Berry Gordy was the man behind Motown Records – a hit factory that changed the face of pop music forever. Flying in direct from Broadway, Motown: the Musical tells his story – and that of the musicians that made Motown what it was.
Based on Gordy’s own 1994 autobiography, ‘To Be Loved: The Music, The Magic and The Memories of Motown,’ it’s as straightforward a jukebox musical as they come: a collection of classic pop hits brought together under a biographical narrative. Over the course of its two-and-a-half hours, Motown rattles through a total of 66 songs, almost all of them floorfillers, including ‘Ain’t No Mountain High Enough’, ‘Dancin’ In The Street’ and ‘Reach Out I’ll Be There’.
At the Passedena Civic Auditorium in 1983, Gordy has assembled a grand commemorative concert to mark the 25th anniversary of his world-renowned record label, Motown Records. All his biggest acts have shown up in his honour – Diana Ross and the Supremes, Michael Jackson and the Jackson 5, Stevie Wonder, Marvin Gaye and many more – and the concert soon kicks into a trip down memory lane charting Gordy’s legendary career: the story of how a small independent record label became a global musical empire.
It starts with a flashback to a young Gordy watching his neighbours dancing in Detroit and follows him through years on the Ford Motors production line, before jumping ahead to 1957 and the foundation of Motown Records with an $800 loan from his parents.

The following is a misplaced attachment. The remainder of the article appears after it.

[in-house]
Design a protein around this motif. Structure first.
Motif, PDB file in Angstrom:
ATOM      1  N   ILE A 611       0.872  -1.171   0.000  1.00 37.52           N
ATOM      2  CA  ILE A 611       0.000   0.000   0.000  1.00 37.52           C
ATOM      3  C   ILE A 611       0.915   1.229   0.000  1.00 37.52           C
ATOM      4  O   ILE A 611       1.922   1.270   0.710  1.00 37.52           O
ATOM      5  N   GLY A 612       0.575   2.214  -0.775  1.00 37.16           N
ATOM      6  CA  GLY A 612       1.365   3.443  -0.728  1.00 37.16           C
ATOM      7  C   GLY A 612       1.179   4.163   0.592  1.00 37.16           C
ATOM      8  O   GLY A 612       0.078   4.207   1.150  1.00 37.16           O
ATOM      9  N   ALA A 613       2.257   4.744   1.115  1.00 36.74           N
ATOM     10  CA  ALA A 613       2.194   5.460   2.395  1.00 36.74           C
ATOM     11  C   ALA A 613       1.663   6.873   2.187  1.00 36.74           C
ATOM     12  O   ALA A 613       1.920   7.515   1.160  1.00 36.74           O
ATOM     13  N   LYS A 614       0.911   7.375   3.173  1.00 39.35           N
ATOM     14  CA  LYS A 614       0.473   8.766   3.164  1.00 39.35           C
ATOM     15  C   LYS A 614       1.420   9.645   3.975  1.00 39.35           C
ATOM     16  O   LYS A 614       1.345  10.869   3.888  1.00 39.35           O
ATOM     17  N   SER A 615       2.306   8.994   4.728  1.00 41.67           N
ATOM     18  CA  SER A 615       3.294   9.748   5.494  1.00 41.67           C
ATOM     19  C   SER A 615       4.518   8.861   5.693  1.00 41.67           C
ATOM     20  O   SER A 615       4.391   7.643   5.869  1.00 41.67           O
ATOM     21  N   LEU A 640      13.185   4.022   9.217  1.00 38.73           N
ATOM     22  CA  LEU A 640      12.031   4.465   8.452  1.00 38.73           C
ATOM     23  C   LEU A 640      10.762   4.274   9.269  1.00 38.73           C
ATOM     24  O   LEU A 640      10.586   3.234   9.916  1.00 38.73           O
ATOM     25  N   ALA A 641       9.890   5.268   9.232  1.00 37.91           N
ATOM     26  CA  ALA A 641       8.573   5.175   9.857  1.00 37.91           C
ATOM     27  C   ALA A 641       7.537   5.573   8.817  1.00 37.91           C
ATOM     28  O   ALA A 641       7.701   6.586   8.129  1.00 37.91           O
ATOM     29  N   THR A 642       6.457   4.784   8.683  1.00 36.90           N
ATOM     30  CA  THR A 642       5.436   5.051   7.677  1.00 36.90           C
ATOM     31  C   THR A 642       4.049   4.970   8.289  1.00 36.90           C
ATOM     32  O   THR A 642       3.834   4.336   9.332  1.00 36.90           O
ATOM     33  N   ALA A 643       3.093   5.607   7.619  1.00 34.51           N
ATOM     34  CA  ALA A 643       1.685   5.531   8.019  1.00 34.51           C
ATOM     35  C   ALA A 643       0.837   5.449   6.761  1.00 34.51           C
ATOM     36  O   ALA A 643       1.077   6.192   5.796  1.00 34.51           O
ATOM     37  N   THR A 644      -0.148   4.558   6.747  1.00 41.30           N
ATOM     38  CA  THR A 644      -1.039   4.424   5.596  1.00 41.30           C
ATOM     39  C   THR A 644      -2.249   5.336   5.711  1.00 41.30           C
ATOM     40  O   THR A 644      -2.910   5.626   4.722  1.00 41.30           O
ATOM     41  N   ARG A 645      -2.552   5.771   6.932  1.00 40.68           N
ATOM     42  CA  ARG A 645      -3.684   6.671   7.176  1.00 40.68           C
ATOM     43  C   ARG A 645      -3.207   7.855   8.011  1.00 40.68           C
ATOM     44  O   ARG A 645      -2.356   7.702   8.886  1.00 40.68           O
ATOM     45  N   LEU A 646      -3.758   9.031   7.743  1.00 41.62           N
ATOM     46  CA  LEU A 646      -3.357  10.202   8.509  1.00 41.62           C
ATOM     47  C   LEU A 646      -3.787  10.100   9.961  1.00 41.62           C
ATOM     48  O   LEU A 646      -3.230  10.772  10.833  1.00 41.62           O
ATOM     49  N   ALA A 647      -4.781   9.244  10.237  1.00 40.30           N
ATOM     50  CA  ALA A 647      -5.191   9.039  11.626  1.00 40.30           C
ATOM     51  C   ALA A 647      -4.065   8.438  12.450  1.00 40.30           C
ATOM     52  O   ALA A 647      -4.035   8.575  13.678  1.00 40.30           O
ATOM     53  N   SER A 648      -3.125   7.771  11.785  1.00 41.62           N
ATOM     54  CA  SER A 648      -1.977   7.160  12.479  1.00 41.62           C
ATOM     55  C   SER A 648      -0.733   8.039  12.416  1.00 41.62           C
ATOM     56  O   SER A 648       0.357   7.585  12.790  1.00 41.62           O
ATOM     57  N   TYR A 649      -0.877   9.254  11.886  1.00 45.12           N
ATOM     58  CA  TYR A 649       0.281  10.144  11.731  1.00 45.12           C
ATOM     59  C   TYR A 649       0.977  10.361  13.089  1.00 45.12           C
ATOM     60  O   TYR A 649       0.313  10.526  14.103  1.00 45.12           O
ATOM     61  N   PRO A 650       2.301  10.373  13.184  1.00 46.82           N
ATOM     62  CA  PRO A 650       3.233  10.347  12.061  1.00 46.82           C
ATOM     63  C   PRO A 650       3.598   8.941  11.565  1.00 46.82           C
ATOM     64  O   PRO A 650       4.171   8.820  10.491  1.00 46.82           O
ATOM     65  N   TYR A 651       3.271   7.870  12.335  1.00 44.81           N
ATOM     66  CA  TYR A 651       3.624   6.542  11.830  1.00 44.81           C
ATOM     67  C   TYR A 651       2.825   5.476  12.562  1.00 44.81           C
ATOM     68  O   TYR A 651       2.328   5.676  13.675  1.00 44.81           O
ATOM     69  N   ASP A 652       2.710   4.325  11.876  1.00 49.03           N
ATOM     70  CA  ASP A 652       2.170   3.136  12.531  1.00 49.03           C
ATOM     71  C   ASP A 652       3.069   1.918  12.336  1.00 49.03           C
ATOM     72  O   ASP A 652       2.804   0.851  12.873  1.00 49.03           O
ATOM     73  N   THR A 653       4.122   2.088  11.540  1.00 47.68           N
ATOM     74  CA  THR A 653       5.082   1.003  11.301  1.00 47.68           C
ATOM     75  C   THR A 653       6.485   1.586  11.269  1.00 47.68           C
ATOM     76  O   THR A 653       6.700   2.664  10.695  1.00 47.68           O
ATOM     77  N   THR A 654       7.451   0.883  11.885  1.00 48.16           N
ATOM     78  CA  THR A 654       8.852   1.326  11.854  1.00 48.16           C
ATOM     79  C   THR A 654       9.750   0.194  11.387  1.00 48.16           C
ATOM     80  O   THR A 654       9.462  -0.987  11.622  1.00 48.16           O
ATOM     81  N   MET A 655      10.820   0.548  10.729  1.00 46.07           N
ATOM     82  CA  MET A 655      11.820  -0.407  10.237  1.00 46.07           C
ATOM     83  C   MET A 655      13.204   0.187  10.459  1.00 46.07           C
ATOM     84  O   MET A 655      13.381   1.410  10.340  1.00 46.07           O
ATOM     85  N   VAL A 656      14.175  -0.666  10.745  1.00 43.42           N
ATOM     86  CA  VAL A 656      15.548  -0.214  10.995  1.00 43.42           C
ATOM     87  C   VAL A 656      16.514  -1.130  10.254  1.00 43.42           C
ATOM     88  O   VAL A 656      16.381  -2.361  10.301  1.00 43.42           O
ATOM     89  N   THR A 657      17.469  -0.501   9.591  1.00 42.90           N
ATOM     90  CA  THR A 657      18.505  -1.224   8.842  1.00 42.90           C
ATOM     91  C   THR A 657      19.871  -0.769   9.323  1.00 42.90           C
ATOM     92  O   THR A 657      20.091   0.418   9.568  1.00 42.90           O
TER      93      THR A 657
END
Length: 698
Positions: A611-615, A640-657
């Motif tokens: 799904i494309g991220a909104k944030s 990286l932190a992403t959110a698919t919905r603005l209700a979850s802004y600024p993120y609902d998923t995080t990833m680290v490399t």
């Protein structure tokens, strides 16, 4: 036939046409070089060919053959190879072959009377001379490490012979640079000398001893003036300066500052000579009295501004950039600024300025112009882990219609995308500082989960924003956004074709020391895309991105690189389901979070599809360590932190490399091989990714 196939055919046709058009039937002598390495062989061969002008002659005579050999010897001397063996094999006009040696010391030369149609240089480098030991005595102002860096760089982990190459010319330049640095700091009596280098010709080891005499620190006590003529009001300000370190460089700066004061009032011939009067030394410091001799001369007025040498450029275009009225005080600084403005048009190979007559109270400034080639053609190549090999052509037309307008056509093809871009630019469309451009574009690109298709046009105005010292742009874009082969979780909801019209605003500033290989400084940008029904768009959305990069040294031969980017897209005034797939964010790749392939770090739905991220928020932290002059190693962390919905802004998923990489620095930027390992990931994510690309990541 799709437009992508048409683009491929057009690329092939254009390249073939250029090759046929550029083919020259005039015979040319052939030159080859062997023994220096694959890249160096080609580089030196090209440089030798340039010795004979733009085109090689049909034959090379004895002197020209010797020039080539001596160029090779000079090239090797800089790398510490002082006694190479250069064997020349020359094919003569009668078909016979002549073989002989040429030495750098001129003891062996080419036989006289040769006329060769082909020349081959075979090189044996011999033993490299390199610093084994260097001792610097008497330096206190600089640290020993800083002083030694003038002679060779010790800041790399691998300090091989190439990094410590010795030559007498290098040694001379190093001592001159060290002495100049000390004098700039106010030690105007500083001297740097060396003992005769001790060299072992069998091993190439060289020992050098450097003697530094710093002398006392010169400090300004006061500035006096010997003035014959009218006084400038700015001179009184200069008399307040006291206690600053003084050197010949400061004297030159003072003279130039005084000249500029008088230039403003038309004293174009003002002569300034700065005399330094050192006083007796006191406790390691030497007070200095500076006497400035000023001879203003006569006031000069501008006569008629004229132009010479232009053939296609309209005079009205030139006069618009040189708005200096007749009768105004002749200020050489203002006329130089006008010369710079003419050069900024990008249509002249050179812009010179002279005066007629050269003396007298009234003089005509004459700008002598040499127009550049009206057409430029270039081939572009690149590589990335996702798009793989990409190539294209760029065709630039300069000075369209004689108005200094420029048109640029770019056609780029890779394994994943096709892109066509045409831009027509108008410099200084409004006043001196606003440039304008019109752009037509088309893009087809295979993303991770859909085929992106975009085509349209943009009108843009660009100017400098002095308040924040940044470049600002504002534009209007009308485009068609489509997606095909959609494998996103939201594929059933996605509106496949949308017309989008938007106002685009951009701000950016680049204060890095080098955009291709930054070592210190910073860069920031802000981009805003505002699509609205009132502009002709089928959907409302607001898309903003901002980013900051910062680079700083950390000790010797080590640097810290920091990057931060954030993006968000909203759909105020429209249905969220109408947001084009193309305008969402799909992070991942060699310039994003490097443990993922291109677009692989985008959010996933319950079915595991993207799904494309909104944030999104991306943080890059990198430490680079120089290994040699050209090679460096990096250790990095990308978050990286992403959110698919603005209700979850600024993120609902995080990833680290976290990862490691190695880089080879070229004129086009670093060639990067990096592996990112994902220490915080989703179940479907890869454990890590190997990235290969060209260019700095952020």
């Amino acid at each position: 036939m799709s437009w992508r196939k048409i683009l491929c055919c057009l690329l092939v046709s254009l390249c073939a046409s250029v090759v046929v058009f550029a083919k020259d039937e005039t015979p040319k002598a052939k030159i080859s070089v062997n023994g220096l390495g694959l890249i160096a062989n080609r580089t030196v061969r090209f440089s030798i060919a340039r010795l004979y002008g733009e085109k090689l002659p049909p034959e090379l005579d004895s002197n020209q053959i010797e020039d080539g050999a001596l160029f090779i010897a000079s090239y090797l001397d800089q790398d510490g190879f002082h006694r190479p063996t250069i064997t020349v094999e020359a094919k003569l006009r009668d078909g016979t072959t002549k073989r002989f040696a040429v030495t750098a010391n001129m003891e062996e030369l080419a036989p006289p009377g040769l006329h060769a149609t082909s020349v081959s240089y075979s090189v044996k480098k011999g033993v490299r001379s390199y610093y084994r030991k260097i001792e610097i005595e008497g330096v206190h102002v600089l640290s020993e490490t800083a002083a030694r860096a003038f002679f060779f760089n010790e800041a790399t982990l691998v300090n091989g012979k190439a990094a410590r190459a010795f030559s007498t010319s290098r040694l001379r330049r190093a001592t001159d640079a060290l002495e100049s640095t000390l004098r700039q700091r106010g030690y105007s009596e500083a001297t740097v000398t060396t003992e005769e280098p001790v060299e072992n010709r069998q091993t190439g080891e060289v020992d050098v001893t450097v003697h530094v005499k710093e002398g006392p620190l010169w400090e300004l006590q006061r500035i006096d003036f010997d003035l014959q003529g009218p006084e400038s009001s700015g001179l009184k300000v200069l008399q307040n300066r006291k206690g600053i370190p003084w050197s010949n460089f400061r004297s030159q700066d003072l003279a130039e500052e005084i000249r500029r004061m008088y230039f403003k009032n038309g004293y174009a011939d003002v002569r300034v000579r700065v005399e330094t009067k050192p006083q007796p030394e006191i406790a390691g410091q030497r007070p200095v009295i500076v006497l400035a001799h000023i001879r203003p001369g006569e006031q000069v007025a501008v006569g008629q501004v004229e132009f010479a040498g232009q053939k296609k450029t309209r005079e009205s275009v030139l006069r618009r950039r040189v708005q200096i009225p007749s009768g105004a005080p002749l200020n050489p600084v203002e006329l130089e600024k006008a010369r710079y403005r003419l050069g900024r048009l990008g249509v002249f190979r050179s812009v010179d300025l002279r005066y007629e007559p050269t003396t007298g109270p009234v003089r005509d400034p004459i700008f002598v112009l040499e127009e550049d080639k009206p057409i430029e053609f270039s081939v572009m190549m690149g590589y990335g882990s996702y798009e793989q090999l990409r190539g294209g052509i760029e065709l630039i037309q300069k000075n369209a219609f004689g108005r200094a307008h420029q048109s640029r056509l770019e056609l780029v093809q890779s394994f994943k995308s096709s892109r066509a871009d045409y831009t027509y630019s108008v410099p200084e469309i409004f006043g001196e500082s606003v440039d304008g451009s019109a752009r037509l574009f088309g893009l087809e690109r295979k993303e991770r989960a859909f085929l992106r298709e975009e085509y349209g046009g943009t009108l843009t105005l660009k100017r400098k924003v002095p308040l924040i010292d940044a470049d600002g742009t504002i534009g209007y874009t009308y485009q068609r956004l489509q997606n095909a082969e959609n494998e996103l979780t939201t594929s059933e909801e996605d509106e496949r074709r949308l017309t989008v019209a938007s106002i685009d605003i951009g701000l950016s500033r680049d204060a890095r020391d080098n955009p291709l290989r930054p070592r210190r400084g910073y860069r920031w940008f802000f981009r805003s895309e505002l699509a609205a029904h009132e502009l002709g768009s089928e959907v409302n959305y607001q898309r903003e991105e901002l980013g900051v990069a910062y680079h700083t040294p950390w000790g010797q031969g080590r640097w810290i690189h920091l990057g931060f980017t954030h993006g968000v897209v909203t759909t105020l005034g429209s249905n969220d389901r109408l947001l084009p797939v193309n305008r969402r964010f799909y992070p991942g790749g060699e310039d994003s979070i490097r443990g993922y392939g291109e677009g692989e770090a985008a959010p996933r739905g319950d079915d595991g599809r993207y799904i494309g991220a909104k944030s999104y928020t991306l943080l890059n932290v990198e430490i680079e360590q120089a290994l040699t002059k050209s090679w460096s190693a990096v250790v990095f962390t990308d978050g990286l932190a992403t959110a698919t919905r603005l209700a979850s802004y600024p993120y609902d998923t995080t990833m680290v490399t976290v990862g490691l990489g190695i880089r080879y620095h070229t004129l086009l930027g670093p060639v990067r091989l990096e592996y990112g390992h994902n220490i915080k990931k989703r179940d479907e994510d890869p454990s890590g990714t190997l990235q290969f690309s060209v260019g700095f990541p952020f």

At a time of racial tensions, with the civil rights movement gearing into full swing, Gordy takes his inspiration from the black American boxer Joe Lewis to use entertainment as a means of pursuing racial equality. Signing a host of black artists, from The Temptations to The Miracles, he starts shaping their sound to appeal to the mainstream white audience and, with the Vietnam War looming into view and the winds of change blowing through America, Gordy and his Motown musicians sing social change into being.
In the here and now, more than anything, they sing audiences into a frenzy. Strip away the framework – a visionary entertainer’s achievements commemorated from the pulpit of the stage – Motown is mostly a barnstorming, soul-shaking concert where hit follows hit follows hit.